For example, the Pittsburgh Penguins, who have Sidney Crosby, the NHL's most-hyped rookie in recent history, in their lineup, won't play in Vancouver this year. They won't play in Phoenix either where the Coyotes are only averaging just over 15,000 fans per game. Neither in Anaheim who are averaging around 13,600 fans per game. You don't think a visit by Sid the Kid can provide a boost at the gate? An average of 16,873 fans have attended the Penguins' first 15 road games, and in those 15 games, the home teams filled, on average, 90% of their building, including eight sellouts.

Of note, the Penguins won't play in LA either - this means that the NHL's most-hyped rookie won't play a game in Hollywood, in one of the league's largest markets.

The NHL needs to revisit their schedule to allow teams - and their marquee players - to appear in as many different NHL cities as possible. The benefits of marketing and ensuring that their best players are the most visible far outweigh what two extra divisional games bring. It seems like common sense to me and certainly makes good business sense, doesn't it? But then again, this is the same league that built their ad campaign around Will whats-his-face.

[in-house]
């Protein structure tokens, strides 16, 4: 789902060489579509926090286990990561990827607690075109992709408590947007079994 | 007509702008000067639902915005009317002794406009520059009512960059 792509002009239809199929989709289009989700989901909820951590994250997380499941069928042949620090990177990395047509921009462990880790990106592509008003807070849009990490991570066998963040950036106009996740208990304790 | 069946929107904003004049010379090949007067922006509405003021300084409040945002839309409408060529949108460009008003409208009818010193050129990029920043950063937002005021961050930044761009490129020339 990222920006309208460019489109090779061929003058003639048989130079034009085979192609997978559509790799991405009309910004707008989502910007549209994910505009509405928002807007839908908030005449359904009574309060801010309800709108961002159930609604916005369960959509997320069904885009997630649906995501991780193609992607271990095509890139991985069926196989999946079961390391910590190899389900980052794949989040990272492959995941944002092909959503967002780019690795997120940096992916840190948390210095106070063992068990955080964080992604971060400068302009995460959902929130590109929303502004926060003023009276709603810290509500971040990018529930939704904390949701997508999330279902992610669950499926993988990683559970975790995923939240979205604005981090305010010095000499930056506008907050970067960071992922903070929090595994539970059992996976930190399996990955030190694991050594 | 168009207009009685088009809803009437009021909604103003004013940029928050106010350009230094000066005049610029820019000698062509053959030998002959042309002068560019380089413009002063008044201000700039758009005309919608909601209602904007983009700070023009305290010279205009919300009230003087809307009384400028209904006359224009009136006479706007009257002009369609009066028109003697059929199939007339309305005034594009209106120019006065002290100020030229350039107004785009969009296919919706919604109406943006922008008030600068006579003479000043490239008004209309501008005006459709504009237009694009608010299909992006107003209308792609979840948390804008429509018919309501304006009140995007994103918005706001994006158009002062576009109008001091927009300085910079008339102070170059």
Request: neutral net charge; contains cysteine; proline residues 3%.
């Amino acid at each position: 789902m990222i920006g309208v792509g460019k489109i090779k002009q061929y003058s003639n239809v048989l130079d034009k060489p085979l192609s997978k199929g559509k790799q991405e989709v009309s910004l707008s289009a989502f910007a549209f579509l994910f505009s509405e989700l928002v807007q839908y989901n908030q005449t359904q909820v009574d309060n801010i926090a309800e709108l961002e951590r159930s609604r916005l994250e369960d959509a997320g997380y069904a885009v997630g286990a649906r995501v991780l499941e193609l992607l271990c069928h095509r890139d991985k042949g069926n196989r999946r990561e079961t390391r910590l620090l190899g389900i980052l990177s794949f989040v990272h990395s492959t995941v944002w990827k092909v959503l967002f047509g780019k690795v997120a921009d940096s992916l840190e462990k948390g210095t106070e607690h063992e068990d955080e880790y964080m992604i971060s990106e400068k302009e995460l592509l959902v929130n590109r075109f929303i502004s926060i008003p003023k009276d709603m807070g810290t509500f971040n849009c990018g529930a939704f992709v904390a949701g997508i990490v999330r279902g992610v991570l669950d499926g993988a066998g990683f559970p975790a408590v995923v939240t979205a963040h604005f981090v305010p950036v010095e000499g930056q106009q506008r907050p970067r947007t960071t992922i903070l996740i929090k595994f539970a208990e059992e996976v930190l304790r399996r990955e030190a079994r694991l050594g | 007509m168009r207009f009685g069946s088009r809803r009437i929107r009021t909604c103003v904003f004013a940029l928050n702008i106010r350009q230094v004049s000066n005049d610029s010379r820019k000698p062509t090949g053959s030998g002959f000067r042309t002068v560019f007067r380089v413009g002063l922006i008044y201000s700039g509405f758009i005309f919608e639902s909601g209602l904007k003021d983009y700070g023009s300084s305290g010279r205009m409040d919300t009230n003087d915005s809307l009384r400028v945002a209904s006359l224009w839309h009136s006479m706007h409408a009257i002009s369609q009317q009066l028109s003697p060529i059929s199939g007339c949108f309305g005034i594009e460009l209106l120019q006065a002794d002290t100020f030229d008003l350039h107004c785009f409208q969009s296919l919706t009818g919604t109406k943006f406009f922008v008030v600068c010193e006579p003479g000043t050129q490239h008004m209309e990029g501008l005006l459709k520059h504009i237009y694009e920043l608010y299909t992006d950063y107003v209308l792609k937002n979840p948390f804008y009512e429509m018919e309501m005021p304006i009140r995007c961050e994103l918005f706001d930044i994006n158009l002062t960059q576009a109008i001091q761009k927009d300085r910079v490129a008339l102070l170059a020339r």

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Monday, December 12, 2005

Inaccurate Reflection

There has been some discussion regarding some regular season games being worth two points and some being worth three points. If a game is settled during regulation time, the game is worth two points; of course if a game goes to overtime or the shootout, it is worth three points. In both cases, the winning team gets two points for the win; however, if the game goes to overtime or a shootout, then the losing team also gets a point. But should teams get a point for losing a game in overtime or the shootout? It's like saying, "it's not whether or not you lose, it's when you lose".

The result is a points system that may not accurately reflect which teams have performed the best throughout the season, and this inaccurate reflection is something that's been bugging me.